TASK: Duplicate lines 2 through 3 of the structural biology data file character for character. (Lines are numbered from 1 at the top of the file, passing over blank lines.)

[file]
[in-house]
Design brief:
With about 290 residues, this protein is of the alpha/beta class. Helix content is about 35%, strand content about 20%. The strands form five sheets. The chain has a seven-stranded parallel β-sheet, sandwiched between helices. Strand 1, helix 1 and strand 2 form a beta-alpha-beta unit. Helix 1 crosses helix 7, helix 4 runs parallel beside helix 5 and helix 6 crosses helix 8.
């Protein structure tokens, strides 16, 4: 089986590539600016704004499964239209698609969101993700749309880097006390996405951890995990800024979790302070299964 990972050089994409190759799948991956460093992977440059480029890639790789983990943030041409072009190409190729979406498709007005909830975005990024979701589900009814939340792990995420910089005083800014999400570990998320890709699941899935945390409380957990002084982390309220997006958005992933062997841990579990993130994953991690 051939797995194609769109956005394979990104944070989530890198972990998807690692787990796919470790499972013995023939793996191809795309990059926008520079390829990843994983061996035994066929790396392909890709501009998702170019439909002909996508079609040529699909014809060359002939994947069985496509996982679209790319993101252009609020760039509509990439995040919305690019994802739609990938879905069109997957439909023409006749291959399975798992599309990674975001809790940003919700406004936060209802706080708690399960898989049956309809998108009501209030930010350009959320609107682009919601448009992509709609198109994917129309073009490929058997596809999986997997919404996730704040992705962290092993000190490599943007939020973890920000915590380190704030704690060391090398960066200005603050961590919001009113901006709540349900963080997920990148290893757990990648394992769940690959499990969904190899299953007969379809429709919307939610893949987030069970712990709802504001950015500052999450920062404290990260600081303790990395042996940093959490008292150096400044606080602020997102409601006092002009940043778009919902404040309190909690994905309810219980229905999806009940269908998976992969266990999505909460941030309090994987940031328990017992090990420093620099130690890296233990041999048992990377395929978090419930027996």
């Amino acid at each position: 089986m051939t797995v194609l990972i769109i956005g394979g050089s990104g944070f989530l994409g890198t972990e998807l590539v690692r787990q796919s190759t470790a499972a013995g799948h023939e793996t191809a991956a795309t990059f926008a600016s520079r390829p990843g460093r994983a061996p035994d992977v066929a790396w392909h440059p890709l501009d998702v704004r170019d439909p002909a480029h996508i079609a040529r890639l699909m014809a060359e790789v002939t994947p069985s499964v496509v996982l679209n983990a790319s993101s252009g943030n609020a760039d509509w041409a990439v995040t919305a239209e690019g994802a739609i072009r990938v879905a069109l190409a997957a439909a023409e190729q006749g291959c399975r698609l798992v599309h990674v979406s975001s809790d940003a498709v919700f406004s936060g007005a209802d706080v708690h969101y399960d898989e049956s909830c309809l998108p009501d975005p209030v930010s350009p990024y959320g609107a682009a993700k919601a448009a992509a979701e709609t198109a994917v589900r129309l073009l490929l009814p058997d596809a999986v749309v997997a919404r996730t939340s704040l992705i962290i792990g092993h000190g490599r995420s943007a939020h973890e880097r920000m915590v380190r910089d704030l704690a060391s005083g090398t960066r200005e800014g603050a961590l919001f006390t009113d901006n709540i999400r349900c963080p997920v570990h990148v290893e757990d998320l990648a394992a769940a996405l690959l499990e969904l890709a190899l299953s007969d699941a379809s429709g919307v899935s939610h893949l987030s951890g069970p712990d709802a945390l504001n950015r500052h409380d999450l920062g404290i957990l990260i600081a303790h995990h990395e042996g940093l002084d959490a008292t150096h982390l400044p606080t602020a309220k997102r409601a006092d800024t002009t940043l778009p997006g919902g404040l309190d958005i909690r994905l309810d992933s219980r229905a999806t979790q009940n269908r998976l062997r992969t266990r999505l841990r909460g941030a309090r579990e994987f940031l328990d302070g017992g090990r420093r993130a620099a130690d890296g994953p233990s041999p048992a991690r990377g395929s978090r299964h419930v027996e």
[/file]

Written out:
Design brief:
With about 290 residues, this protein is of the alpha/beta class. Helix content is about 35%, strand content about 20%. The strands form five sheets. The chain has a seven-stranded parallel β-sheet, sandwiched between helices. Strand 1, helix 1 and strand 2 form a beta-alpha-beta unit. Helix 1 crosses helix 7, helix 4 runs parallel beside helix 5 and helix 6 crosses helix 8.